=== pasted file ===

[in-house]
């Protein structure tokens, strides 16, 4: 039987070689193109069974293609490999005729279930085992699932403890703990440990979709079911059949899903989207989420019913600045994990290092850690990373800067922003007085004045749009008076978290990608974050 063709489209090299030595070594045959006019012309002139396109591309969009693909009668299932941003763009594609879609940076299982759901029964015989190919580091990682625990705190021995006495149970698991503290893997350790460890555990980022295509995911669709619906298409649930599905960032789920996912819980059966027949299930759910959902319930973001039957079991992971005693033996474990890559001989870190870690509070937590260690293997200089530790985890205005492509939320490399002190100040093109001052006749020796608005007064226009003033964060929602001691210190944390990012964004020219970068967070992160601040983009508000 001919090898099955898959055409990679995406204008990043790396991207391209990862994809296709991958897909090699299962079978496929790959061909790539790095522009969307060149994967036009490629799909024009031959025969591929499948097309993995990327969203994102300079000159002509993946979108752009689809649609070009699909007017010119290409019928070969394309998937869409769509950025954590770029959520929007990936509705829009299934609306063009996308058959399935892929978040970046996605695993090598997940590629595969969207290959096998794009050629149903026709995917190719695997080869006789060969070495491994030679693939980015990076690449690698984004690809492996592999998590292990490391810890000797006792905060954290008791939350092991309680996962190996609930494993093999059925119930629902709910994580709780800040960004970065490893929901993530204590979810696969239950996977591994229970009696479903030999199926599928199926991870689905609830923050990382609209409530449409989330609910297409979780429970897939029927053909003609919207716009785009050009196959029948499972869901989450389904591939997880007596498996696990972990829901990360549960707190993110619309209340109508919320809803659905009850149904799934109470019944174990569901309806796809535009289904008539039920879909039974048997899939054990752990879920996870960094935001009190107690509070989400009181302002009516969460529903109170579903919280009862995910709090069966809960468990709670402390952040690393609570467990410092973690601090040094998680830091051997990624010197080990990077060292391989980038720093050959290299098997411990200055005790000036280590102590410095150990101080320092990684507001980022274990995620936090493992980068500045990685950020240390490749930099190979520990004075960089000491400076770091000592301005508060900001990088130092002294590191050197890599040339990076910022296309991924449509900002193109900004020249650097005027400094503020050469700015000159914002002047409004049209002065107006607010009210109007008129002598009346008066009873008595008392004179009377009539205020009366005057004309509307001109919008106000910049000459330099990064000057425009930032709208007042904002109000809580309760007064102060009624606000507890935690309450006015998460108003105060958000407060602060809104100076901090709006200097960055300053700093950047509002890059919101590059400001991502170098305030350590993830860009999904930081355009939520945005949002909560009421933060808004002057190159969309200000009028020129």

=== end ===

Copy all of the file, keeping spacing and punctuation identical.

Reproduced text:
[in-house]
């Protein structure tokens, strides 16, 4: 039987070689193109069974293609490999005729279930085992699932403890703990440990979709079911059949899903989207989420019913600045994990290092850690990373800067922003007085004045749009008076978290990608974050 063709489209090299030595070594045959006019012309002139396109591309969009693909009668299932941003763009594609879609940076299982759901029964015989190919580091990682625990705190021995006495149970698991503290893997350790460890555990980022295509995911669709619906298409649930599905960032789920996912819980059966027949299930759910959902319930973001039957079991992971005693033996474990890559001989870190870690509070937590260690293997200089530790985890205005492509939320490399002190100040093109001052006749020796608005007064226009003033964060929602001691210190944390990012964004020219970068967070992160601040983009508000 001919090898099955898959055409990679995406204008990043790396991207391209990862994809296709991958897909090699299962079978496929790959061909790539790095522009969307060149994967036009490629799909024009031959025969591929499948097309993995990327969203994102300079000159002509993946979108752009689809649609070009699909007017010119290409019928070969394309998937869409769509950025954590770029959520929007990936509705829009299934609306063009996308058959399935892929978040970046996605695993090598997940590629595969969207290959096998794009050629149903026709995917190719695997080869006789060969070495491994030679693939980015990076690449690698984004690809492996592999998590292990490391810890000797006792905060954290008791939350092991309680996962190996609930494993093999059925119930629902709910994580709780800040960004970065490893929901993530204590979810696969239950996977591994229970009696479903030999199926599928199926991870689905609830923050990382609209409530449409989330609910297409979780429970897939029927053909003609919207716009785009050009196959029948499972869901989450389904591939997880007596498996696990972990829901990360549960707190993110619309209340109508919320809803659905009850149904799934109470019944174990569901309806796809535009289904008539039920879909039974048997899939054990752990879920996870960094935001009190107690509070989400009181302002009516969460529903109170579903919280009862995910709090069966809960468990709670402390952040690393609570467990410092973690601090040094998680830091051997990624010197080990990077060292391989980038720093050959290299098997411990200055005790000036280590102590410095150990101080320092990684507001980022274990995620936090493992980068500045990685950020240390490749930099190979520990004075960089000491400076770091000592301005508060900001990088130092002294590191050197890599040339990076910022296309991924449509900002193109900004020249650097005027400094503020050469700015000159914002002047409004049209002065107006607010009210109007008129002598009346008066009873008595008392004179009377009539205020009366005057004309509307001109919008106000910049000459330099990064000057425009930032709208007042904002109000809580309760007064102060009624606000507890935690309450006015998460108003105060958000407060602060809104100076901090709006200097960055300053700093950047509002890059919101590059400001991502170098305030350590993830860009999904930081355009939520945005949002909560009421933060808004002057190159969309200000009028020129």